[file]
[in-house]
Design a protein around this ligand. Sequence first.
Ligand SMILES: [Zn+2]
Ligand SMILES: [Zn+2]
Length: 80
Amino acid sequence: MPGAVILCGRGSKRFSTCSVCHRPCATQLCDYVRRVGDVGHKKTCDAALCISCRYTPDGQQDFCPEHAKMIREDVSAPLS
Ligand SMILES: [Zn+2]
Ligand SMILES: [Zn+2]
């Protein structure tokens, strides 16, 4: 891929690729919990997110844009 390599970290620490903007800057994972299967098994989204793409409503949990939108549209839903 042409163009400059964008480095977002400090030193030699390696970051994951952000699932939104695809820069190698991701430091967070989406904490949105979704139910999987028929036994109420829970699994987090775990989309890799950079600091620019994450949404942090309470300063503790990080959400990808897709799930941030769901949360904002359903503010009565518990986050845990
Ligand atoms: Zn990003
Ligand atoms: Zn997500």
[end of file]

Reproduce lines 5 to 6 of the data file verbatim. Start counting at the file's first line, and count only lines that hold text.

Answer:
Length: 80
Amino acid sequence: MPGAVILCGRGSKRFSTCSVCHRPCATQLCDYVRRVGDVGHKKTCDAALCISCRYTPDGQQDFCPEHAKMIREDVSAPLS